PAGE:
Two years ago, Stuart Schwartz was already well known in the Ottawa area as the popular host of the Majic 100 morning radio show, as well as the home game announcer for the Ottawa Senators.
Stuntman Stu, as he is known, also appears at many local community events and charity fundraisers. So he had the support of a large fan base, in addition to his own family and friends, when he was diagnosed with leukemia in 2016 and chose to share both his diagnosis and his journey publicly.
When, after undergoing aggressive treatment, it became apparent that Schwartz would need a bone marrow transplant – and soon – his medical team searched both locally and across Canada for a match, but none was found.
They then reached out to Ezer Mizion, a non-profit organization that manages the largest international bone marrow registry, and found a perfect match.
David Levi, a 50-year-old Israeli tour company manager from Yahud, Israel, had almost forgotten the day, nearly a decade earlier, when his older sister had convinced him to go along when she registered to be a bone marrow donor. They had both given DNA samples that were kept in the “bank,” one of which was matched to Schwartz.
“After a few weeks, she told me I am a perfect match and asked if I would be a donor,” said Levi. He answered immediately that he would. “I didn’t even ask my wife before I said ‘yes,’ because I felt that it is my body and my decision,” he said.
The process of donating was, according to Levi, very easy and painless. First, he had daily injections for four days “to grow the white blood cells.” On the fifth day, he went to the hospital and was hooked up to a machine for about 6½ hours to extract his bone marrow. Two days later, the transplant took place.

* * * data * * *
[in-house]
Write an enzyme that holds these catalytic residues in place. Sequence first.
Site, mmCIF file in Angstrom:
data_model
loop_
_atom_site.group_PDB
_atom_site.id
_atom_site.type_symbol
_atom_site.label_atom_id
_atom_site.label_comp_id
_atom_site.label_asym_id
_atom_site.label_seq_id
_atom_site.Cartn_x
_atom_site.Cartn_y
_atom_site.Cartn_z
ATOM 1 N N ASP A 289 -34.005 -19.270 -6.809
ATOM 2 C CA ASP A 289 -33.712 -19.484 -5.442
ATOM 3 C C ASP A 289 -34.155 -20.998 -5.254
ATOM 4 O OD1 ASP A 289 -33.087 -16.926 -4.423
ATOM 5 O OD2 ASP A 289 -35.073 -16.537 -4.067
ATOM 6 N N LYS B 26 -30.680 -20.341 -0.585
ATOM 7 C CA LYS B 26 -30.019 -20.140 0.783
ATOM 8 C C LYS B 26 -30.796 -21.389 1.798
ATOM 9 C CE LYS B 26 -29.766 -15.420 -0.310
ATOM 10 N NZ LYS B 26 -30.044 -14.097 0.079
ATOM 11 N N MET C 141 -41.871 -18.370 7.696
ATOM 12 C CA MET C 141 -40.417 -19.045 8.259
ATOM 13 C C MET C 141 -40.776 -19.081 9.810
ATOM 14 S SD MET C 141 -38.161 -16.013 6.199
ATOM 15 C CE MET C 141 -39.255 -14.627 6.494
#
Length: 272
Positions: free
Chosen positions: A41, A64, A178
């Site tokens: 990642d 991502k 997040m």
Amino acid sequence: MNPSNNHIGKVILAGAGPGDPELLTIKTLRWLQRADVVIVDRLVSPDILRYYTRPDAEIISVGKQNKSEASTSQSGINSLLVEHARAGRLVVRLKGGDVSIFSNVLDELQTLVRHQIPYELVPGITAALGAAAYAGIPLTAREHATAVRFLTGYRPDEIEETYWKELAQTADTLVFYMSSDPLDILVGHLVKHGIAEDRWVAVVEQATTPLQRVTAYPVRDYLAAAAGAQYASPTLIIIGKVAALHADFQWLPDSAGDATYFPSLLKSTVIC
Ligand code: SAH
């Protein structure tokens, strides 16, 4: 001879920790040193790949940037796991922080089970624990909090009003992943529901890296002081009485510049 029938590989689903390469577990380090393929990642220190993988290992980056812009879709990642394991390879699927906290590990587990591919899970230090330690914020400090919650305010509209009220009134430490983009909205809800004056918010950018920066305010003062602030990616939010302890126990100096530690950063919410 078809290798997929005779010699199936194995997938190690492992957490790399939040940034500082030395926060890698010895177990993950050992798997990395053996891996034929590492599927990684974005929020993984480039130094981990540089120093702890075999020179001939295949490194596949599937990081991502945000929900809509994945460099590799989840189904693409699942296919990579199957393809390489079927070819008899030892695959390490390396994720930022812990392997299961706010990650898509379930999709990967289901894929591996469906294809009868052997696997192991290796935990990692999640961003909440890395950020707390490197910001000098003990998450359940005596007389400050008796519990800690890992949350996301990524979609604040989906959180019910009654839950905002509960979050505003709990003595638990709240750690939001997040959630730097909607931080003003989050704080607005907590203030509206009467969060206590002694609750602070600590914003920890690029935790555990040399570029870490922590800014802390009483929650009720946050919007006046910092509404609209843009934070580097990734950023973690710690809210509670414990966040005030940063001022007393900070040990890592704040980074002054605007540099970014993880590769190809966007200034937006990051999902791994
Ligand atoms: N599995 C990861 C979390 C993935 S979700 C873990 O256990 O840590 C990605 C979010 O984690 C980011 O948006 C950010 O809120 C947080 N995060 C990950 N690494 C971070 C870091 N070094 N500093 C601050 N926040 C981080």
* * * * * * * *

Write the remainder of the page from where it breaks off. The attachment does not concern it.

“I asked them not to tell me about the patient. The only thing I wanted to know was whether it was successful,” said Levi.
It was successful. Schwartz’s life was saved and he wanted to meet the donor, so he asked Ezer Mizion to arrange a meeting. Urged by his wife to agree to the get together because it might encourage other people to become donors, Levi gave his consent and allowed Ezer Mizion to facilitate the reunion.
At the Ottawa airport on March 19, the emotional encounter took place between Schwartz and Levi, two men who under any other circumstance would probably never have met, but are now connected by their shared DNA. They embraced and each one called the other a hero.
The following evening, Schwartz took Levi and his family (his wife and two children accompanied him on the trip) to an Ottawa Senators game. “The game was overwhelming,” said Schwartz. “They gave a standing ovation for both of us at the game.”
The men plan to keep in touch and Schwartz, who has never been to Israel, is hoping to visit the country with his family sometime soon. He also is hoping that their story will encourage people to register to become donors. He has partnered with Ezer Mizion to create Stu’s Pool, a dedicated pool of donors who financially sponsor bone marrow testing.
“If you have any hesitation, look at me,” said Schwartz. “I am alive today because of this man and this organization. If not for this man and his generosity, I would not be here.”